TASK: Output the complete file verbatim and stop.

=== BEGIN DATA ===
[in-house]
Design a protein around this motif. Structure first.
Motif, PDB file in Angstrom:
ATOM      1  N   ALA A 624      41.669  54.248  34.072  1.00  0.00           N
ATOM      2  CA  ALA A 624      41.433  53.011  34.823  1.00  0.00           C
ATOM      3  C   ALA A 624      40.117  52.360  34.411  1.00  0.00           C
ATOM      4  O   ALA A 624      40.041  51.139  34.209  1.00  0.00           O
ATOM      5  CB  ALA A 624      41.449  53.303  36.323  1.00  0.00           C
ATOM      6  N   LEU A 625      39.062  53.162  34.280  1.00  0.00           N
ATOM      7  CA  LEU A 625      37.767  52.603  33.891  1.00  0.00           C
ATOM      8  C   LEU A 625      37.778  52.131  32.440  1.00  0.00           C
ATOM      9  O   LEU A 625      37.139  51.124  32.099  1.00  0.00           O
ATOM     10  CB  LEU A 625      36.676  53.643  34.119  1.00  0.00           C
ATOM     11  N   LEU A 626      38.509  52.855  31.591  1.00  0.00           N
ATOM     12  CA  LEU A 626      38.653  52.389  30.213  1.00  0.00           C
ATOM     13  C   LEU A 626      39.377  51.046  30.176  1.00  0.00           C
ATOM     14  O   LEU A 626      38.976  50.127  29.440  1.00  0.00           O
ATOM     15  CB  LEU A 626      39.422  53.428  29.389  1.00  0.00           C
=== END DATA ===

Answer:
[in-house]
Design a protein around this motif. Structure first.
Motif, PDB file in Angstrom:
ATOM      1  N   ALA A 624      41.669  54.248  34.072  1.00  0.00           N
ATOM      2  CA  ALA A 624      41.433  53.011  34.823  1.00  0.00           C
ATOM      3  C   ALA A 624      40.117  52.360  34.411  1.00  0.00           C
ATOM      4  O   ALA A 624      40.041  51.139  34.209  1.00  0.00           O
ATOM      5  CB  ALA A 624      41.449  53.303  36.323  1.00  0.00           C
ATOM      6  N   LEU A 625      39.062  53.162  34.280  1.00  0.00           N
ATOM      7  CA  LEU A 625      37.767  52.603  33.891  1.00  0.00           C
ATOM      8  C   LEU A 625      37.778  52.131  32.440  1.00  0.00           C
ATOM      9  O   LEU A 625      37.139  51.124  32.099  1.00  0.00           O
ATOM     10  CB  LEU A 625      36.676  53.643  34.119  1.00  0.00           C
ATOM     11  N   LEU A 626      38.509  52.855  31.591  1.00  0.00           N
ATOM     12  CA  LEU A 626      38.653  52.389  30.213  1.00  0.00           C
ATOM     13  C   LEU A 626      39.377  51.046  30.176  1.00  0.00           C
ATOM     14  O   LEU A 626      38.976  50.127  29.440  1.00  0.00           O
ATOM     15  CB  LEU A 626      39.422  53.428  29.389  1.00  0.00           C